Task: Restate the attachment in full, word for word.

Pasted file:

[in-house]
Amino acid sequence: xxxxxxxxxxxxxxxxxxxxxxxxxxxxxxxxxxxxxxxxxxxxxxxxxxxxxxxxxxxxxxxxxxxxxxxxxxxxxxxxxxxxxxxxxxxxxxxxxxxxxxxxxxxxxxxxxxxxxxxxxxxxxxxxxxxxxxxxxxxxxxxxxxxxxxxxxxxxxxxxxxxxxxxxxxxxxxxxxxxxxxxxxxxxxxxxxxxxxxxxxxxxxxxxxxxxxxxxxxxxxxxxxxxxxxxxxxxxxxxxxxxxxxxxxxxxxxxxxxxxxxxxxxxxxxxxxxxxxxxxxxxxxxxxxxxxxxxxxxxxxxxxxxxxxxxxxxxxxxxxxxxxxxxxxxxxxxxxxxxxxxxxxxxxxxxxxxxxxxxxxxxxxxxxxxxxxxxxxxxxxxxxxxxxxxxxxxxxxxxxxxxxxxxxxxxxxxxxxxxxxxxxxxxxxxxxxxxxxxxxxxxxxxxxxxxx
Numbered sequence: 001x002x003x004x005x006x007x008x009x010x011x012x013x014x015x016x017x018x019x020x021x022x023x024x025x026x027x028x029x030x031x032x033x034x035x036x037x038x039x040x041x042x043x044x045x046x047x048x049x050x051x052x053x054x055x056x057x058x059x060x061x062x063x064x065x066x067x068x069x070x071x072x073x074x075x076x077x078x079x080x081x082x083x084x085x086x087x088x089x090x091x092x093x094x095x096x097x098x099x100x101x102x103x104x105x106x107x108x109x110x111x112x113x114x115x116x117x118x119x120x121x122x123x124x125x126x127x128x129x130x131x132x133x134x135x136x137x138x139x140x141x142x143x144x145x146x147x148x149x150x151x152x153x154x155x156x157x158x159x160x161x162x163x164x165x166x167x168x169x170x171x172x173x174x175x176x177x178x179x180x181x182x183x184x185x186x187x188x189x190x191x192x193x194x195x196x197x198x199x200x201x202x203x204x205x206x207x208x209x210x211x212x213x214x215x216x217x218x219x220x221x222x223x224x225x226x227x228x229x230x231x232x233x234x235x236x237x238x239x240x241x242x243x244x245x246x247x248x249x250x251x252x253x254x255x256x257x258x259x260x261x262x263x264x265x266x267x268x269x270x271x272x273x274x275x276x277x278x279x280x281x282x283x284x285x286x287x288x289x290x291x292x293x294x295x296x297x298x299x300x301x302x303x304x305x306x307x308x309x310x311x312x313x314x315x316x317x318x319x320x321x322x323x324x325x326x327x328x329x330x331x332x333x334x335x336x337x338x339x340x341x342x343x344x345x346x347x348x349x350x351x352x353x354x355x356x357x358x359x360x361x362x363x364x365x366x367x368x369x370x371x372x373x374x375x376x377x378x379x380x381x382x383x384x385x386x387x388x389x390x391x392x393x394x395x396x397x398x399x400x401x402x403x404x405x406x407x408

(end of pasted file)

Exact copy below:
[in-house]
Amino acid sequence: xxxxxxxxxxxxxxxxxxxxxxxxxxxxxxxxxxxxxxxxxxxxxxxxxxxxxxxxxxxxxxxxxxxxxxxxxxxxxxxxxxxxxxxxxxxxxxxxxxxxxxxxxxxxxxxxxxxxxxxxxxxxxxxxxxxxxxxxxxxxxxxxxxxxxxxxxxxxxxxxxxxxxxxxxxxxxxxxxxxxxxxxxxxxxxxxxxxxxxxxxxxxxxxxxxxxxxxxxxxxxxxxxxxxxxxxxxxxxxxxxxxxxxxxxxxxxxxxxxxxxxxxxxxxxxxxxxxxxxxxxxxxxxxxxxxxxxxxxxxxxxxxxxxxxxxxxxxxxxxxxxxxxxxxxxxxxxxxxxxxxxxxxxxxxxxxxxxxxxxxxxxxxxxxxxxxxxxxxxxxxxxxxxxxxxxxxxxxxxxxxxxxxxxxxxxxxxxxxxxxxxxxxxxxxxxxxxxxxxxxxxxxxxxxxxxx
Numbered sequence: 001x002x003x004x005x006x007x008x009x010x011x012x013x014x015x016x017x018x019x020x021x022x023x024x025x026x027x028x029x030x031x032x033x034x035x036x037x038x039x040x041x042x043x044x045x046x047x048x049x050x051x052x053x054x055x056x057x058x059x060x061x062x063x064x065x066x067x068x069x070x071x072x073x074x075x076x077x078x079x080x081x082x083x084x085x086x087x088x089x090x091x092x093x094x095x096x097x098x099x100x101x102x103x104x105x106x107x108x109x110x111x112x113x114x115x116x117x118x119x120x121x122x123x124x125x126x127x128x129x130x131x132x133x134x135x136x137x138x139x140x141x142x143x144x145x146x147x148x149x150x151x152x153x154x155x156x157x158x159x160x161x162x163x164x165x166x167x168x169x170x171x172x173x174x175x176x177x178x179x180x181x182x183x184x185x186x187x188x189x190x191x192x193x194x195x196x197x198x199x200x201x202x203x204x205x206x207x208x209x210x211x212x213x214x215x216x217x218x219x220x221x222x223x224x225x226x227x228x229x230x231x232x233x234x235x236x237x238x239x240x241x242x243x244x245x246x247x248x249x250x251x252x253x254x255x256x257x258x259x260x261x262x263x264x265x266x267x268x269x270x271x272x273x274x275x276x277x278x279x280x281x282x283x284x285x286x287x288x289x290x291x292x293x294x295x296x297x298x299x300x301x302x303x304x305x306x307x308x309x310x311x312x313x314x315x316x317x318x319x320x321x322x323x324x325x326x327x328x329x330x331x332x333x334x335x336x337x338x339x340x341x342x343x344x345x346x347x348x349x350x351x352x353x354x355x356x357x358x359x360x361x362x363x364x365x366x367x368x369x370x371x372x373x374x375x376x377x378x379x380x381x382x383x384x385x386x387x388x389x390x391x392x393x394x395x396x397x398x399x400x401x402x403x404x405x406x407x408